While it is also absolutely true that there is nothing we can do to change our legal standing before God once He declares us righteous, there are things we can do that cause our fellowship with Him to be broken. This happens when we sin, when we adopt a rebellious attitude, when we do things that bring Him dishonor. These things break our fellowship with God and will remain so until we come to a point of recognizing our sin and in contrition, admitting it to God. It is only at that point can fellowship with us be restored. Short of that, we live outside of fellowship with Him, though we continue to be legally declared righteous.
I mentioned this before in a previous article and it is well worth understanding. Authentic Christians – people who have placed their faith in Christ’s completely atonement – are declared righteous by God the Father, who is our Judge. This is the legal aspect of our new birth, allowing God to apply God the Son’s righteousness to our account. That never changes. From that moment, we are also brought into direct fellowship with the Father as Jesus enjoyed on earth and continues to enjoy now. This is true fellowship with God.
However, that fellowship is what can and does change and we Christians need to guard against that happening. That part is up to us and we are responsible for how we maintain (or don’t) that fellowship with God. In one sense, we should delight and glory in the fact that God is the One who declares us righteous and nothing whatsoever can change that fact! Aren’t you glad? It does not depend upon you!
What does depend upon you is how your fellowship with God is maintained. This is the flip side of the same coin called salvation. Let me close this article by quoting again from Romans 8:35.
Who will separate us from the love of Christ? Will trouble, or distress, or persecution, or famine, or nakedness, or danger, or sword?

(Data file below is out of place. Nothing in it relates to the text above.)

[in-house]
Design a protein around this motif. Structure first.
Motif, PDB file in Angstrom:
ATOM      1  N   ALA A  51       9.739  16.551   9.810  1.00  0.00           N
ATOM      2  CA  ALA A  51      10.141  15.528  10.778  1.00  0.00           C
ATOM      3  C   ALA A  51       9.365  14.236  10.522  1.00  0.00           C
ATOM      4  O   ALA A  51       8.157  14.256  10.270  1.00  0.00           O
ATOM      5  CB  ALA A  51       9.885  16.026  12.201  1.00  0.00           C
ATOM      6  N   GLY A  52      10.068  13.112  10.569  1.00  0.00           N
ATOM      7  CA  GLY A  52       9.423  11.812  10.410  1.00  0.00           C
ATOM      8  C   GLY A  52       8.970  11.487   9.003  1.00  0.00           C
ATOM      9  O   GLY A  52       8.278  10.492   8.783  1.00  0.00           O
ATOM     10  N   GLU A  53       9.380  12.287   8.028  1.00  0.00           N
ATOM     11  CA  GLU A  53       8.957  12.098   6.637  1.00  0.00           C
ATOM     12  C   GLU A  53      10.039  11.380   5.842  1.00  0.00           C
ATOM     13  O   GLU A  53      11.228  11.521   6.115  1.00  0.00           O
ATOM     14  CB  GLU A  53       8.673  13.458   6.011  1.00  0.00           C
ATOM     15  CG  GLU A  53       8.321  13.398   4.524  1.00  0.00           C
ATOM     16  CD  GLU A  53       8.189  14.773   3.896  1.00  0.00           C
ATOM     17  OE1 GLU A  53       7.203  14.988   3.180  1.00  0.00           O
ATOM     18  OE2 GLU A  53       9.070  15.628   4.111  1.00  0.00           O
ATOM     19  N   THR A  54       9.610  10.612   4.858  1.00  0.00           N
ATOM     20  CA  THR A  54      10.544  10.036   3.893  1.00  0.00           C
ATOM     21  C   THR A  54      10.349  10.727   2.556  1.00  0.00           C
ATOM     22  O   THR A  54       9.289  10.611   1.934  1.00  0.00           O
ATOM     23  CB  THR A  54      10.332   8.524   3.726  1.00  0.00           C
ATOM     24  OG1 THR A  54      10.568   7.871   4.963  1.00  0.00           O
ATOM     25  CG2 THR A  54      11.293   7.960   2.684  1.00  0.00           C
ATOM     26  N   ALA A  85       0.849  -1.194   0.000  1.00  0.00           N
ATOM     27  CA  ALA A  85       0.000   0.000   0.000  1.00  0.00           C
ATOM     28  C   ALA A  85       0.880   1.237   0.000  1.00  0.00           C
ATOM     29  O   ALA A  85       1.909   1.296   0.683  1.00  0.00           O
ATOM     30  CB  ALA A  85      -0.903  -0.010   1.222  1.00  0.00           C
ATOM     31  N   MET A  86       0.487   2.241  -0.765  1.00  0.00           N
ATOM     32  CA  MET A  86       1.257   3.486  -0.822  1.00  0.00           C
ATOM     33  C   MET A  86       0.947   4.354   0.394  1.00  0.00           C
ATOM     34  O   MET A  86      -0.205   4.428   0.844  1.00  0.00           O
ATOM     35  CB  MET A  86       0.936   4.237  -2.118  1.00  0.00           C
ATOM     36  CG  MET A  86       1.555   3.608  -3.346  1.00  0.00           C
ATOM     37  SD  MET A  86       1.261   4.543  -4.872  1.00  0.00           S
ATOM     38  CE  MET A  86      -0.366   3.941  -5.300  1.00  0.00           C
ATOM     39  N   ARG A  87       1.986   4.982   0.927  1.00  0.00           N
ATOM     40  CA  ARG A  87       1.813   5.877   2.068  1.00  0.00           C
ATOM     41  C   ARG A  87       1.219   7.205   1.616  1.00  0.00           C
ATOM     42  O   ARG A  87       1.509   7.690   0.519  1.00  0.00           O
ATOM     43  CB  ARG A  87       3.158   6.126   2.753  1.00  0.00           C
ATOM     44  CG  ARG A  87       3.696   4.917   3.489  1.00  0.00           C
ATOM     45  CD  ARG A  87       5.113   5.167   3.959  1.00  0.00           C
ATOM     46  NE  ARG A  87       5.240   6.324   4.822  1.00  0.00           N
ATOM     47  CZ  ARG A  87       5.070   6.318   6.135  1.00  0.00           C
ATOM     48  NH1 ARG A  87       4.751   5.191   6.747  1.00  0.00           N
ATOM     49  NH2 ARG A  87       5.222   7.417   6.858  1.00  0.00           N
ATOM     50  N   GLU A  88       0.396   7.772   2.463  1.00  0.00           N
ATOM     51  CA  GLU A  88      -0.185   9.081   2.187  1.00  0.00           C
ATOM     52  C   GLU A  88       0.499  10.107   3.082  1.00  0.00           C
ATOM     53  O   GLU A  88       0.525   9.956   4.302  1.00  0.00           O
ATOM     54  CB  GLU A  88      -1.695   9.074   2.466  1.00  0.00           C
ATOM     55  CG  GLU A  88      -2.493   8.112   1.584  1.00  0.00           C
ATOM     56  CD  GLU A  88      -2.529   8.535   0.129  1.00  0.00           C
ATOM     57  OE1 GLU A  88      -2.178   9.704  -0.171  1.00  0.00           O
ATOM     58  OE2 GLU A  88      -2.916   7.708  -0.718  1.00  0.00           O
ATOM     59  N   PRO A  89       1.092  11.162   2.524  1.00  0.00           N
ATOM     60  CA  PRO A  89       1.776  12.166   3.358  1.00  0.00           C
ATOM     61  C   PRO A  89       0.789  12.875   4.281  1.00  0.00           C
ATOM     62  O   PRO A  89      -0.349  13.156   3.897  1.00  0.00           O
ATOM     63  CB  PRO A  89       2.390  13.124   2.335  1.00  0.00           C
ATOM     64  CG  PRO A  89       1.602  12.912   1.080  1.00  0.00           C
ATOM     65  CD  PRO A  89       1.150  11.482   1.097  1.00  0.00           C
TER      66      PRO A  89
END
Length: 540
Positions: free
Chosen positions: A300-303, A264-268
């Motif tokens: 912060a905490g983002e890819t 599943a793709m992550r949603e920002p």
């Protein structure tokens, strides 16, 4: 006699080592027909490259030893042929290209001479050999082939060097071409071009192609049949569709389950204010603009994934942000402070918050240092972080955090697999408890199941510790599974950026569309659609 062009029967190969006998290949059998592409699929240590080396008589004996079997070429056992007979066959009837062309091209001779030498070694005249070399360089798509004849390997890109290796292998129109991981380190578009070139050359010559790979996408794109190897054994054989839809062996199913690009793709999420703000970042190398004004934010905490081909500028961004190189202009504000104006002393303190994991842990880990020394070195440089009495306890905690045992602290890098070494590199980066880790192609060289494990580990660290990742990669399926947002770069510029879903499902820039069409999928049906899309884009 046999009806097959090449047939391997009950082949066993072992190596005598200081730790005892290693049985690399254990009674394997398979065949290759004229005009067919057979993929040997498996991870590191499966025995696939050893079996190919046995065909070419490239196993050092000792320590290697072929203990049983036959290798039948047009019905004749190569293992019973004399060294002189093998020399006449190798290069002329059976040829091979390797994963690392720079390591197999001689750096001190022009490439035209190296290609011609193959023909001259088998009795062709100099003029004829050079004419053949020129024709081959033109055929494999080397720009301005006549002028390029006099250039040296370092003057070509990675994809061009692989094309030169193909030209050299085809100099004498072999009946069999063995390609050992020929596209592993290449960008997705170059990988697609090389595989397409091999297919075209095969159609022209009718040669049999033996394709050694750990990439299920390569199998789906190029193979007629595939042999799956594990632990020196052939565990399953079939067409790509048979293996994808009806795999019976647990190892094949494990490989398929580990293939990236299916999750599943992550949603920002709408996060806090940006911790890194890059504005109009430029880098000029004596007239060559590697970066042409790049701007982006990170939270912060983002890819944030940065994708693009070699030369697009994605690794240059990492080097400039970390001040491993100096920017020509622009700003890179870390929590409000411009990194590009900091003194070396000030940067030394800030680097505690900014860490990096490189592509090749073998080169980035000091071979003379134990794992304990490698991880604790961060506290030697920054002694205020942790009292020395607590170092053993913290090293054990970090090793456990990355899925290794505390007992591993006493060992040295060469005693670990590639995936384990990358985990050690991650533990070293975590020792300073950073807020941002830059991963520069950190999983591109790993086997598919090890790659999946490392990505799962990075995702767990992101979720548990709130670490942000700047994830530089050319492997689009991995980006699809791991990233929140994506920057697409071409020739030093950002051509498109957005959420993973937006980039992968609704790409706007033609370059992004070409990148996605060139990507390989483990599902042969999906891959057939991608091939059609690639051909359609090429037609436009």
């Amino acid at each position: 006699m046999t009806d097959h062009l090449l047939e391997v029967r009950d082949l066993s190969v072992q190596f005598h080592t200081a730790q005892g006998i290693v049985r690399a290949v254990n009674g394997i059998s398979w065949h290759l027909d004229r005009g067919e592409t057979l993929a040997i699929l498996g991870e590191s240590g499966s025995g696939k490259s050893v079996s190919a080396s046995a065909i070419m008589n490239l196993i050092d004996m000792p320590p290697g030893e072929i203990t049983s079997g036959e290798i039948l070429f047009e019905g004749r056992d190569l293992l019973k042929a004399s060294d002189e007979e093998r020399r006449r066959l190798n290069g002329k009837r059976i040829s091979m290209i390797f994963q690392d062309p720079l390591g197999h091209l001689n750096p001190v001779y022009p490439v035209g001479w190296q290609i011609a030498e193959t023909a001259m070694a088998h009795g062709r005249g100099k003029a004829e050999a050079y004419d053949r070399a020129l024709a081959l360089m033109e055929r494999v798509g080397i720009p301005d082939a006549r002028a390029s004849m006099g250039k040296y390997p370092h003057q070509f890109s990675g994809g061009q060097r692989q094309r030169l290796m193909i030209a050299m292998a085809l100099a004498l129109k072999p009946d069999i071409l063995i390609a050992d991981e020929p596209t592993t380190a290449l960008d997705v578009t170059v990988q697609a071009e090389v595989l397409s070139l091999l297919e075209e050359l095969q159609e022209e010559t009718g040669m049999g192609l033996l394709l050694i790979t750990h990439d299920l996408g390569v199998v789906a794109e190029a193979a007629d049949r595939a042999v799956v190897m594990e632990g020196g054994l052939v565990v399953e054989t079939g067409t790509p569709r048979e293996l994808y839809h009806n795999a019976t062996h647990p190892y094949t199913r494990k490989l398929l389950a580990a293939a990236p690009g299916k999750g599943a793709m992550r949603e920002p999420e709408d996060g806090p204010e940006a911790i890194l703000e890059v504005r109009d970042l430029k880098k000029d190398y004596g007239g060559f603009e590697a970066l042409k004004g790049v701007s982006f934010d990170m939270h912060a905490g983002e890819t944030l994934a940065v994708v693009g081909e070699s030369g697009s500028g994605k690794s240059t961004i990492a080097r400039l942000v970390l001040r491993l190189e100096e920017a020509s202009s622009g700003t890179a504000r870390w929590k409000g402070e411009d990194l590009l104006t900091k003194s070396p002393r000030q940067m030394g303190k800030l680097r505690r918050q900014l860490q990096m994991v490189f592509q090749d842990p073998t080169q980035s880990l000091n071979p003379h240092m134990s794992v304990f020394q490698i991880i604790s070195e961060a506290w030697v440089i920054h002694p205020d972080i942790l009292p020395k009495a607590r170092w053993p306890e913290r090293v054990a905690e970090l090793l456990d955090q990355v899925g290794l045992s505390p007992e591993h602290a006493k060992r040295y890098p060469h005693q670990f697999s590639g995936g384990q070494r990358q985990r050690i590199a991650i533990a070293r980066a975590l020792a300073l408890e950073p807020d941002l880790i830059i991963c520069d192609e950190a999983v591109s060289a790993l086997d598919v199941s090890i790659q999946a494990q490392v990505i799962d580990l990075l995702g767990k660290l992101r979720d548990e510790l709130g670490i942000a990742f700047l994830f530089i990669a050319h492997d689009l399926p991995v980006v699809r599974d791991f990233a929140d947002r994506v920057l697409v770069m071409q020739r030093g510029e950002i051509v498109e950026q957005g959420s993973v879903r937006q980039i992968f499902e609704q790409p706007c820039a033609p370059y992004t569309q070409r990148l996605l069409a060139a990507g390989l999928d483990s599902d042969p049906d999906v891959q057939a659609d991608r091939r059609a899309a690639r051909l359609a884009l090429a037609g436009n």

Paul has an answer for his question.
37 No, in all these things we are more than conquerors through him who loved us. 38 For I am convinced that neither death nor life, neither angels nor demons,k neither the present nor the future, nor any powers, 39 neither height nor depth, nor anything else in all creation, will be able to separate us from the love of God that is in Christ Jesus our Lord.
What can separate us from God’s love? Nothing. Not one thing. Nada. Zilch. The authentic Christian cannot ever be, in any way, even for a second of time, separated from God’s love. To do so would mean falling again under God’s condemnation (because there are only two alternatives, His love or His wrath), something that cannot ever touch us. Amen?
By the way, I have heard people who believe that salvation can be lost also quote the above verses and add, “But it doesn’t say that I cannot walk away from Him!” Yes, in point of fact, that is absolutely implied in what Paul is stating. NOTHING means you are not strong enough to break that bond with God so that you will once again come under His condemnation. People need to stop adding to His Word.
That said, we need to ask, will God condemn some of the things I do, think, and say as an authentic Christian? Absolutely, and we’ll talk about that next time!